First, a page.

First, as far as Al Qaeda in particular, there is an approach which could have been used that probably would have been more productive, certainly in the long-term and possibly in the short-term. Such an approach would have involved intensive but respectful diplomacy; drying up Al Qaeda financial support--which especially means getting tough on the rulers of Saudi Arabia, Al Qaeda's primary backers; policy changes vis a vis Israel/Palestine and Iraq; serious support to the more democratic and non- warlord-controlled opposition groups in Afghanistan; and limited military/police action in Afghanistan to arrest Al Qaeda leaders as necessary following broad-based international support for such action. As distinct from the Bush/Cheney adminstration's opposition, we should support the establishment of an International Criminal Court to bring to justice those accused of crimes such as the 9-11 attacks.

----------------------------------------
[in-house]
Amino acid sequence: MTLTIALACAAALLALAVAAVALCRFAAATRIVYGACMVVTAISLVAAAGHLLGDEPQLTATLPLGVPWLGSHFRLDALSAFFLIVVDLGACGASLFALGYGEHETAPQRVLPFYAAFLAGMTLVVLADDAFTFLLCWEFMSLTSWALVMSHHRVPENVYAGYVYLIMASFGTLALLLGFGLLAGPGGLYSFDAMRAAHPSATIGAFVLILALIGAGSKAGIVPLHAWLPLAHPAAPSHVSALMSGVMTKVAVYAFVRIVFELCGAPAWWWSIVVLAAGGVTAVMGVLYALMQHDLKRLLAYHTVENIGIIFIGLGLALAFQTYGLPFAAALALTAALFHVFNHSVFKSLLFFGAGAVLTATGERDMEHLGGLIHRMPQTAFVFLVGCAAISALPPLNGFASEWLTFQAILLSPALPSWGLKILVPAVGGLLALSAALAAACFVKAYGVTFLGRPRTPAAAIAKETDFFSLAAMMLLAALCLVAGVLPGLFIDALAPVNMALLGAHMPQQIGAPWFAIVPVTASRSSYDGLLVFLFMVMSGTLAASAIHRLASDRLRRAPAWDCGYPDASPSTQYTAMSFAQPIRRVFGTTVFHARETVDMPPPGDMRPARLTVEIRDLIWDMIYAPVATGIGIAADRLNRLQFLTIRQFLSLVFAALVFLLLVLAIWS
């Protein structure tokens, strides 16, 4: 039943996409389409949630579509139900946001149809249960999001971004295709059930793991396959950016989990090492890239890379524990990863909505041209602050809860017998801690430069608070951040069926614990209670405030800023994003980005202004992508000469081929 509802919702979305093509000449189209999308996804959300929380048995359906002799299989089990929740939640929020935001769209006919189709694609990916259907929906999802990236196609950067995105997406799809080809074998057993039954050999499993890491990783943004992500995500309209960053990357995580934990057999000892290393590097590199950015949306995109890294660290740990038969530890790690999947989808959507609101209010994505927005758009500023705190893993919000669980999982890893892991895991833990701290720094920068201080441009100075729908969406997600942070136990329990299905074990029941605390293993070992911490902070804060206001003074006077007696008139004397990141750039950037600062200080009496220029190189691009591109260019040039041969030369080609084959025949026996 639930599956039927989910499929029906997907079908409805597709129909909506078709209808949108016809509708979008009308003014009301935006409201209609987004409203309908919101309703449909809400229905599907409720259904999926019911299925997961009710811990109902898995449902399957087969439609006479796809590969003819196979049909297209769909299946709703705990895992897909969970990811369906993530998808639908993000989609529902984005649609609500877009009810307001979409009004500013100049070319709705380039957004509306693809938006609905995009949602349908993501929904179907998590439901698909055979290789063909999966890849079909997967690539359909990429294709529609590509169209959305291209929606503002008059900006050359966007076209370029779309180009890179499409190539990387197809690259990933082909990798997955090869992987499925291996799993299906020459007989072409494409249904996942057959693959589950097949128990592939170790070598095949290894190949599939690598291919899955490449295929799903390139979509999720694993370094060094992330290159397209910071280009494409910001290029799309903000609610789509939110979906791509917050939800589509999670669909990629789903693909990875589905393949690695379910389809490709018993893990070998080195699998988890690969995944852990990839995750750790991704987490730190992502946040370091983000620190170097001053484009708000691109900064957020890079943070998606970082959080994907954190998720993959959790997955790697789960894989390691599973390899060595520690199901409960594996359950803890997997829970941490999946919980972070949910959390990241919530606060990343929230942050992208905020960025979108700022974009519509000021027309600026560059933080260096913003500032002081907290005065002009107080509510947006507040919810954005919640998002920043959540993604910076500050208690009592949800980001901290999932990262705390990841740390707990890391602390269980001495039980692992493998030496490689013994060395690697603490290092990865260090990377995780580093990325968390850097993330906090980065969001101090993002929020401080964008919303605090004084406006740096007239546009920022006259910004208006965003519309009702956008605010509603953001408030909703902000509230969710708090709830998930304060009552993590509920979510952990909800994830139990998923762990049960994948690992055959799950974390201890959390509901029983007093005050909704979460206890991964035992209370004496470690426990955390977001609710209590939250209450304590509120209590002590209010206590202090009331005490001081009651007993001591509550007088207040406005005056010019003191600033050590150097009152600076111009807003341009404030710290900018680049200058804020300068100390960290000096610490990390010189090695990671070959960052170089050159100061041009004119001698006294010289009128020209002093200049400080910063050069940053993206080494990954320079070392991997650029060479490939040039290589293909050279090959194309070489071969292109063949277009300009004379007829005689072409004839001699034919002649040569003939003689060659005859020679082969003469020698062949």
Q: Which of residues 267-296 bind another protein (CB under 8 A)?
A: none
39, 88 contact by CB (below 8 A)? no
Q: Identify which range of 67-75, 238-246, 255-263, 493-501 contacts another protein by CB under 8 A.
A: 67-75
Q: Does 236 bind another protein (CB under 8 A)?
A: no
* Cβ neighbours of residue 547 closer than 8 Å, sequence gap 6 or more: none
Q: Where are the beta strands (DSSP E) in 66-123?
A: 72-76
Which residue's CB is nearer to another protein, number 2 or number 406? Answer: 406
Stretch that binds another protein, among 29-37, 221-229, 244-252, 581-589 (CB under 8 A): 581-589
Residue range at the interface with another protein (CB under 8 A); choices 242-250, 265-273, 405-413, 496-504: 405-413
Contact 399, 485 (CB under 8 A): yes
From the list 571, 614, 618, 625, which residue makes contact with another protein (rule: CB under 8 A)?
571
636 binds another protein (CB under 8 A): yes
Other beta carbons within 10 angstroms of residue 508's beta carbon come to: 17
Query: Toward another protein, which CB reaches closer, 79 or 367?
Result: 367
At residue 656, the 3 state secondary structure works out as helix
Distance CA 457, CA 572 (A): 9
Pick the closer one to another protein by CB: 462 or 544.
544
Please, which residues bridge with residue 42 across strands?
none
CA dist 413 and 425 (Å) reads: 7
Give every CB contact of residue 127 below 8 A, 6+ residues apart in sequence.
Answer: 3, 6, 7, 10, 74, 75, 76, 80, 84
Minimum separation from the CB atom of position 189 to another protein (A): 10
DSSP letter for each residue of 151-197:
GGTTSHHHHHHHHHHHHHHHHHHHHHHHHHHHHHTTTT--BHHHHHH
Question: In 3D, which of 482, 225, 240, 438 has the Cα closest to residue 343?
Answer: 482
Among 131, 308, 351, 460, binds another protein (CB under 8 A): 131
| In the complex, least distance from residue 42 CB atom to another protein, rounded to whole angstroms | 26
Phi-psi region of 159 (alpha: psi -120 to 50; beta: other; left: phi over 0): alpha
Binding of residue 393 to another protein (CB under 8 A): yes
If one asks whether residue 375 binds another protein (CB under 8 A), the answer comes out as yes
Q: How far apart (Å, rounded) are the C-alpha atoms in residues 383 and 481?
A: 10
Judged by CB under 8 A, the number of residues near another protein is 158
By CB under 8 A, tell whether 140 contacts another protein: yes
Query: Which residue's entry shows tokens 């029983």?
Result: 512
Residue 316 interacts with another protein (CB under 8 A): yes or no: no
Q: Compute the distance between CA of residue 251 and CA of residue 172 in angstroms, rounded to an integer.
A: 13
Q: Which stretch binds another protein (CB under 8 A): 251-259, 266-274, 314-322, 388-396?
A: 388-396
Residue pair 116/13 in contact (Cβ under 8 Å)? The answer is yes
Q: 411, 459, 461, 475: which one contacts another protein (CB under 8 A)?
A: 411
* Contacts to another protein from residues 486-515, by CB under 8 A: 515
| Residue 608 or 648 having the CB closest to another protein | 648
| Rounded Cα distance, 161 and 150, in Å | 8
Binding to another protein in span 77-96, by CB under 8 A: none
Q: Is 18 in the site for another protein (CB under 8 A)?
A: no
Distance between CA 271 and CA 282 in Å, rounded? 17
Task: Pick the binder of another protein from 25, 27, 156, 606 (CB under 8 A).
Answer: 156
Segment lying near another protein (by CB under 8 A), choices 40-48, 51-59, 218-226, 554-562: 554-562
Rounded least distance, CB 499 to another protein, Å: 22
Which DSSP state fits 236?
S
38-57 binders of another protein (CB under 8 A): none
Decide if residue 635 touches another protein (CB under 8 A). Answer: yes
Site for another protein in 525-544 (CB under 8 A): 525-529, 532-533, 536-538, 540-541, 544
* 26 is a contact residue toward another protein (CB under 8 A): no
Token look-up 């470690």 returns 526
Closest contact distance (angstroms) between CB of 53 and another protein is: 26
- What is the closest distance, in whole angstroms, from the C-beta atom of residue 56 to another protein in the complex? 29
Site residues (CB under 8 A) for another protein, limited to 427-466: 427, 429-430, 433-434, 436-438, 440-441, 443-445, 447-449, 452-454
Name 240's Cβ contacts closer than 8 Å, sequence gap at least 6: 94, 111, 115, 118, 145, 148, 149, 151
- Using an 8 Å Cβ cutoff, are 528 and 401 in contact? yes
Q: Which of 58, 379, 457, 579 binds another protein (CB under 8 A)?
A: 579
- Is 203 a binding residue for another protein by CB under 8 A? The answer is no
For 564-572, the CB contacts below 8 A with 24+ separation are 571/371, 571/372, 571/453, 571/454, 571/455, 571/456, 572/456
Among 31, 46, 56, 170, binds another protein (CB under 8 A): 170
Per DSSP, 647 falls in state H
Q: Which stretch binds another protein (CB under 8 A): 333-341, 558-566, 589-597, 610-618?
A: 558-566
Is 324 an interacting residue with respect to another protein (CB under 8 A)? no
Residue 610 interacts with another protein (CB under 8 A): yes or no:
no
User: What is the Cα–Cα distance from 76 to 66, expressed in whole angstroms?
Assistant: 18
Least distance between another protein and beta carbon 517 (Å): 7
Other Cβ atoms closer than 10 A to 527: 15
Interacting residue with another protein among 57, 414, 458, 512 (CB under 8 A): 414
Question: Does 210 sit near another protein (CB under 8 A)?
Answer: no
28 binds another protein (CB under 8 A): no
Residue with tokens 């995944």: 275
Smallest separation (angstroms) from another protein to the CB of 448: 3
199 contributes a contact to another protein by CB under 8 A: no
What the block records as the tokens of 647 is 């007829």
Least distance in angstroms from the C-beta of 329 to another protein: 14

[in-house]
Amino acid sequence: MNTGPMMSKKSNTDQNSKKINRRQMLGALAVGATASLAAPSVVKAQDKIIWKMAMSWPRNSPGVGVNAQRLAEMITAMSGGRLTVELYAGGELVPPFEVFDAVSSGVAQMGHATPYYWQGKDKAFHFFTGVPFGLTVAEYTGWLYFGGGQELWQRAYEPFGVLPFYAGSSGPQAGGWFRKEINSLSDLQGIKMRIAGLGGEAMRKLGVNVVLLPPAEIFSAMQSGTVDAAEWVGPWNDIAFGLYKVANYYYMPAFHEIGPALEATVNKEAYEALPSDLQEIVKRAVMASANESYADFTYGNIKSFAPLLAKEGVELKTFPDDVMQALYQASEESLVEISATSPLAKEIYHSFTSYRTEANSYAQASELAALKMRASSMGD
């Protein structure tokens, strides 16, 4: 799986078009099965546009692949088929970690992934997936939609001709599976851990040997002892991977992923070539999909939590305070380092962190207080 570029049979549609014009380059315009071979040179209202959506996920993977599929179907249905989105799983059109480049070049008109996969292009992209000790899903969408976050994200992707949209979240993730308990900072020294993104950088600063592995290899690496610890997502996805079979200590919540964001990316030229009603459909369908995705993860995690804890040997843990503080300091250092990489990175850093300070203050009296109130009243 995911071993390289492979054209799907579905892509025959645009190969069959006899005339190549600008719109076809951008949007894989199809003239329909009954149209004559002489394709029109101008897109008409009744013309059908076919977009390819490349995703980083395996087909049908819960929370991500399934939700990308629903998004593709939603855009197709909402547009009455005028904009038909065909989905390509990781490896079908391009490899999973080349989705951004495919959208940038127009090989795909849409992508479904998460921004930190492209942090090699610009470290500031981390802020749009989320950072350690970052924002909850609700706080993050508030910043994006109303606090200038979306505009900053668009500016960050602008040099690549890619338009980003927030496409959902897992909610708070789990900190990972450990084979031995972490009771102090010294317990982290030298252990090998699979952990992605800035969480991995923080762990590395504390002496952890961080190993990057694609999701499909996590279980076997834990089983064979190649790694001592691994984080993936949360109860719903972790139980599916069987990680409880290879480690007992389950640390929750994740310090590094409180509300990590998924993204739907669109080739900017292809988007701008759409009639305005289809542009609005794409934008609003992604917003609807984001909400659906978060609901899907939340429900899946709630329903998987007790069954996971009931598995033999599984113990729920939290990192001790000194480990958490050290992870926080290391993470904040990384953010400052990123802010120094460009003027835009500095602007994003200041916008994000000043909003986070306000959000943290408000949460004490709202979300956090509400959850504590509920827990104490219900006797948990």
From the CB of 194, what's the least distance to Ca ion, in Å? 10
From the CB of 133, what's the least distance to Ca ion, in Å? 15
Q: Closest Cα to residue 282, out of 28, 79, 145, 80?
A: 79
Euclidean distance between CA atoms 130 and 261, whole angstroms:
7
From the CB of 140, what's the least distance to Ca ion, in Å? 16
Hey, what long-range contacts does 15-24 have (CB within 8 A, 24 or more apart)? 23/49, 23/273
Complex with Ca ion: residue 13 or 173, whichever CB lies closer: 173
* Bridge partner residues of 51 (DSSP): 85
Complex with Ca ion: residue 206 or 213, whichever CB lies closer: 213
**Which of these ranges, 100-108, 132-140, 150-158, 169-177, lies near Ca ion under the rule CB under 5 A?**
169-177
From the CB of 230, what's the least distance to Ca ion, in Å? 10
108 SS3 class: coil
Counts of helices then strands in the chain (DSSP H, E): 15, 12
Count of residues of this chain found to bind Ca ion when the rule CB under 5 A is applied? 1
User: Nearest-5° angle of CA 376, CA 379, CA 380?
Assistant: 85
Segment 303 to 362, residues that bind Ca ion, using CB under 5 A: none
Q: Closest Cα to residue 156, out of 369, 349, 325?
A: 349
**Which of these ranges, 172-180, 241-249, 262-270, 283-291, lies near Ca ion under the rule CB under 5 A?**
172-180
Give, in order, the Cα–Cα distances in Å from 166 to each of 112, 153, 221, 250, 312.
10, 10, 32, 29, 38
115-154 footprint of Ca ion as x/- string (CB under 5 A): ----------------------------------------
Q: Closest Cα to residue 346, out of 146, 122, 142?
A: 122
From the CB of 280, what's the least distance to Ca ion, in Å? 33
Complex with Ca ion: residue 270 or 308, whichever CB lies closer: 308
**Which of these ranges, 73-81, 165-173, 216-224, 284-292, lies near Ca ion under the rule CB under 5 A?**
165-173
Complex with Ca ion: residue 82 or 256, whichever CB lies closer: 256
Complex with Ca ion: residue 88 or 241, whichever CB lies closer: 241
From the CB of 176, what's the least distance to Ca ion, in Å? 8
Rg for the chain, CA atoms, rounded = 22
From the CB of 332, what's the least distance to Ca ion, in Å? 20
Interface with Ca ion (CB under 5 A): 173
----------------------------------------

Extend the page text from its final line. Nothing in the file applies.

Second, we need to investigate the failure of U.S. intelligence agencies on September 11th. What was behind the resignation of John O'Neil, former Deputy Director of the FBI in charge of investigating Al Qaeda, two weeks before September 11th? He is quoted in a book published in France as saying, "the main obstacles to investigating Islamic terrorism were U.S. oil corporate interests, and role played by Saudi Arabia in it."